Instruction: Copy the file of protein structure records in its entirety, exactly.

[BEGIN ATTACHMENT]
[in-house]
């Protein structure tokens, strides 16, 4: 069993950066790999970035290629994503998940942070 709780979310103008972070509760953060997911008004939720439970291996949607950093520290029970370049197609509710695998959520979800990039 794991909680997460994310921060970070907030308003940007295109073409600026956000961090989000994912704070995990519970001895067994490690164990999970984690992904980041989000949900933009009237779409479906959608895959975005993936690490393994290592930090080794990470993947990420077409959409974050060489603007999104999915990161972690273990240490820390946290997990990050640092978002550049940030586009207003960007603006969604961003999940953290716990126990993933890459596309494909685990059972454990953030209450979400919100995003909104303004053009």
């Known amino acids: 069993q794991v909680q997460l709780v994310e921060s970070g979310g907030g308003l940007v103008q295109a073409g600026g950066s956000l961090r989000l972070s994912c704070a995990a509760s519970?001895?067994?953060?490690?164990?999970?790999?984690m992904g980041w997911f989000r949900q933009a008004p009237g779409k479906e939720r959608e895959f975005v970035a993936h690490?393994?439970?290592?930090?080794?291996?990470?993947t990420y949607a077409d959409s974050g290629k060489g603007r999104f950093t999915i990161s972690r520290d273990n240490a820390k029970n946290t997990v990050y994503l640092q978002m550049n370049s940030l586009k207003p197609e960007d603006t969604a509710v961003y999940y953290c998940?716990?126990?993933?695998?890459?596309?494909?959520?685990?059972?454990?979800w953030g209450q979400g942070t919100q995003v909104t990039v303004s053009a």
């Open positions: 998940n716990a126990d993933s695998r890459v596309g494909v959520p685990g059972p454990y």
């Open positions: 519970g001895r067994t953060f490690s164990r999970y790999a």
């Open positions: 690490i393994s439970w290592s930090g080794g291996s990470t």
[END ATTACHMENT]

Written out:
[in-house]
């Protein structure tokens, strides 16, 4: 069993950066790999970035290629994503998940942070 709780979310103008972070509760953060997911008004939720439970291996949607950093520290029970370049197609509710695998959520979800990039 794991909680997460994310921060970070907030308003940007295109073409600026956000961090989000994912704070995990519970001895067994490690164990999970984690992904980041989000949900933009009237779409479906959608895959975005993936690490393994290592930090080794990470993947990420077409959409974050060489603007999104999915990161972690273990240490820390946290997990990050640092978002550049940030586009207003960007603006969604961003999940953290716990126990993933890459596309494909685990059972454990953030209450979400919100995003909104303004053009």
């Known amino acids: 069993q794991v909680q997460l709780v994310e921060s970070g979310g907030g308003l940007v103008q295109a073409g600026g950066s956000l961090r989000l972070s994912c704070a995990a509760s519970?001895?067994?953060?490690?164990?999970?790999?984690m992904g980041w997911f989000r949900q933009a008004p009237g779409k479906e939720r959608e895959f975005v970035a993936h690490?393994?439970?290592?930090?080794?291996?990470?993947t990420y949607a077409d959409s974050g290629k060489g603007r999104f950093t999915i990161s972690r520290d273990n240490a820390k029970n946290t997990v990050y994503l640092q978002m550049n370049s940030l586009k207003p197609e960007d603006t969604a509710v961003y999940y953290c998940?716990?126990?993933?695998?890459?596309?494909?959520?685990?059972?454990?979800w953030g209450q979400g942070t919100q995003v909104t990039v303004s053009a």
């Open positions: 998940n716990a126990d993933s695998r890459v596309g494909v959520p685990g059972p454990y």
């Open positions: 519970g001895r067994t953060f490690s164990r999970y790999a």
């Open positions: 690490i393994s439970w290592s930090g080794g291996s990470t």